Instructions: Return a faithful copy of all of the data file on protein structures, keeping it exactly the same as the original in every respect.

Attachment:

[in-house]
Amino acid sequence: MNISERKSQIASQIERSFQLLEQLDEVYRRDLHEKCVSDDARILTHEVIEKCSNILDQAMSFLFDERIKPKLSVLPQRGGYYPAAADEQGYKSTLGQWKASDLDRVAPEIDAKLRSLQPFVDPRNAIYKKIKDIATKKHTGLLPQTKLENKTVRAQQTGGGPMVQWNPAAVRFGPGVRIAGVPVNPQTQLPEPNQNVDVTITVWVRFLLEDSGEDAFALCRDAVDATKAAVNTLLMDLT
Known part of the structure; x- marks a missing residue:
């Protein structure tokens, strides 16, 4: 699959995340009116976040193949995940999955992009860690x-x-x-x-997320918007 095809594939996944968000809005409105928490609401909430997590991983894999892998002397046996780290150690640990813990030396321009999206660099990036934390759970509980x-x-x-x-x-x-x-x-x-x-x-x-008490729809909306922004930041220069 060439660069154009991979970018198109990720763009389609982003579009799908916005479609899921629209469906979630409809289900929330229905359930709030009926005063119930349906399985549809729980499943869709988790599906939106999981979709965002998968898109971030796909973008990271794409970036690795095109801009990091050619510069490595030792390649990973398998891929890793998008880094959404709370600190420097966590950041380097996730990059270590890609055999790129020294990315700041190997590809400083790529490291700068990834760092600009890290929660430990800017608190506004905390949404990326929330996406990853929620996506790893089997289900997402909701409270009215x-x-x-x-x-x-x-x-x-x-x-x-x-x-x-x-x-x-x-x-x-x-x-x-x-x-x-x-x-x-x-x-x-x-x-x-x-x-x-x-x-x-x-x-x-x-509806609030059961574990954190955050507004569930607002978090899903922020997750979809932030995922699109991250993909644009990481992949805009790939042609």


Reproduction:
[in-house]
Amino acid sequence: MNISERKSQIASQIERSFQLLEQLDEVYRRDLHEKCVSDDARILTHEVIEKCSNILDQAMSFLFDERIKPKLSVLPQRGGYYPAAADEQGYKSTLGQWKASDLDRVAPEIDAKLRSLQPFVDPRNAIYKKIKDIATKKHTGLLPQTKLENKTVRAQQTGGGPMVQWNPAAVRFGPGVRIAGVPVNPQTQLPEPNQNVDVTITVWVRFLLEDSGEDAFALCRDAVDATKAAVNTLLMDLT
Known part of the structure; x- marks a missing residue:
């Protein structure tokens, strides 16, 4: 699959995340009116976040193949995940999955992009860690x-x-x-x-997320918007 095809594939996944968000809005409105928490609401909430997590991983894999892998002397046996780290150690640990813990030396321009999206660099990036934390759970509980x-x-x-x-x-x-x-x-x-x-x-x-008490729809909306922004930041220069 060439660069154009991979970018198109990720763009389609982003579009799908916005479609899921629209469906979630409809289900929330229905359930709030009926005063119930349906399985549809729980499943869709988790599906939106999981979709965002998968898109971030796909973008990271794409970036690795095109801009990091050619510069490595030792390649990973398998891929890793998008880094959404709370600190420097966590950041380097996730990059270590890609055999790129020294990315700041190997590809400083790529490291700068990834760092600009890290929660430990800017608190506004905390949404990326929330996406990853929620996506790893089997289900997402909701409270009215x-x-x-x-x-x-x-x-x-x-x-x-x-x-x-x-x-x-x-x-x-x-x-x-x-x-x-x-x-x-x-x-x-x-x-x-x-x-x-x-x-x-x-x-x-x-509806609030059961574990954190955050507004569930607002978090899903922020997750979809932030995922699109991250993909644009990481992949805009790939042609």